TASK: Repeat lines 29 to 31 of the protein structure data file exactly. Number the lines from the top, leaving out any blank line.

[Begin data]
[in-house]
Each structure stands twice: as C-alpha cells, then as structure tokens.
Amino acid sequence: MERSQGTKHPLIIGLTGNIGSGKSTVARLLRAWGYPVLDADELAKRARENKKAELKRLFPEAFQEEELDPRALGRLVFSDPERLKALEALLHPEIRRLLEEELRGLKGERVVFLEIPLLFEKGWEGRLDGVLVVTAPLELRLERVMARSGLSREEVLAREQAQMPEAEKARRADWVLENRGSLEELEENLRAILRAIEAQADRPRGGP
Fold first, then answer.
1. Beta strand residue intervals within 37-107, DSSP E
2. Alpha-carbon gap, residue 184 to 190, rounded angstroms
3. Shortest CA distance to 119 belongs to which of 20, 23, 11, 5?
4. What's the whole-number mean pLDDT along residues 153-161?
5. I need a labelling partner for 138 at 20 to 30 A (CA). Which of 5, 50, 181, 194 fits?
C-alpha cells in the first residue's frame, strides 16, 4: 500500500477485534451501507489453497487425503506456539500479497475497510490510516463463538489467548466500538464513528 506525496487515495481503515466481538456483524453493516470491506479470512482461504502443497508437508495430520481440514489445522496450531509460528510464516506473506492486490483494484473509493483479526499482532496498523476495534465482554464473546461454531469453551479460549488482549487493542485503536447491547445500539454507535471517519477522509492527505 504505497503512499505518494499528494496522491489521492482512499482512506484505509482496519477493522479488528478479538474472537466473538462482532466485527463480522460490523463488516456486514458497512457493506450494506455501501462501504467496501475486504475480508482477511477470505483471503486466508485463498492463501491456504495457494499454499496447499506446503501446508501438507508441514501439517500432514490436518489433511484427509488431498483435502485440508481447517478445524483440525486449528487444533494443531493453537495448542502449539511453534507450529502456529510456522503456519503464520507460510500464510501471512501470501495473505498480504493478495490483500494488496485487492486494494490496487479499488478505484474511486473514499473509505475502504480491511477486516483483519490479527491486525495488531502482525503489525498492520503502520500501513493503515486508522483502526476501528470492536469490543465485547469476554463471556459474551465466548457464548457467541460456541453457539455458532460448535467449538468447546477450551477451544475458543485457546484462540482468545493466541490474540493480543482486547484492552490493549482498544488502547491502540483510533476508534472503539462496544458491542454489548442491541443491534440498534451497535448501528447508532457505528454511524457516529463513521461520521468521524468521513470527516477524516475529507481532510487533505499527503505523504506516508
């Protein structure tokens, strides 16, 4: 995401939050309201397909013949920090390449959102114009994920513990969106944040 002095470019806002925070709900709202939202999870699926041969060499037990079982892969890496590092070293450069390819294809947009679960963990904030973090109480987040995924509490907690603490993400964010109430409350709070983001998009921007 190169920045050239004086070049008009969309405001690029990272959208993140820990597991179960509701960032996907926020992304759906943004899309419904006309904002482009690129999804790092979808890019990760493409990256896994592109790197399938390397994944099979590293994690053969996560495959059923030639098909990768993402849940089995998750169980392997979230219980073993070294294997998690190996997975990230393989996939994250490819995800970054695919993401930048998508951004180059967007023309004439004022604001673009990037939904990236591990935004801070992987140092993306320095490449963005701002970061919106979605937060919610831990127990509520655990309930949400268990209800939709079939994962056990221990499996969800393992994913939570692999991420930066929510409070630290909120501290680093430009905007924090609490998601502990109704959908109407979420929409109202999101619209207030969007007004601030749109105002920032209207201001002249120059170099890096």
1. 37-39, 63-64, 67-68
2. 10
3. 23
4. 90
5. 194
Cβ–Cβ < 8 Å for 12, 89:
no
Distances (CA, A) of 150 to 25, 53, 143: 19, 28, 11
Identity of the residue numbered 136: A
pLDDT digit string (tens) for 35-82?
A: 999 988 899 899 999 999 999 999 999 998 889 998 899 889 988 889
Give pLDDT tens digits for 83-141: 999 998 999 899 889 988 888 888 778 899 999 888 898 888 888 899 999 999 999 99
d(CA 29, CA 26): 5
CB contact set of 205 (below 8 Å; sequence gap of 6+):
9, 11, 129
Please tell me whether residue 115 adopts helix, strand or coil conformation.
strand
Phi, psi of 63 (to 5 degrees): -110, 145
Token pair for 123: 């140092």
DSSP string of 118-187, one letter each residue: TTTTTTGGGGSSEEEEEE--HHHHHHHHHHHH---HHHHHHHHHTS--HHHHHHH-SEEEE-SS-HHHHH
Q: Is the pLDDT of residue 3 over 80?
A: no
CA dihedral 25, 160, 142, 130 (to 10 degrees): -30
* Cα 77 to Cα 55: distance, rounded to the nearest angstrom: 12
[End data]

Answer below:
Phi, psi of 63 (to 5 degrees): -110, 145
Token pair for 123: 């140092």
DSSP string of 118-187, one letter each residue: TTTTTTGGGGSSEEEEEE--HHHHHHHHHHHH---HHHHHHHHHTS--HHHHHHH-SEEEE-SS-HHHHH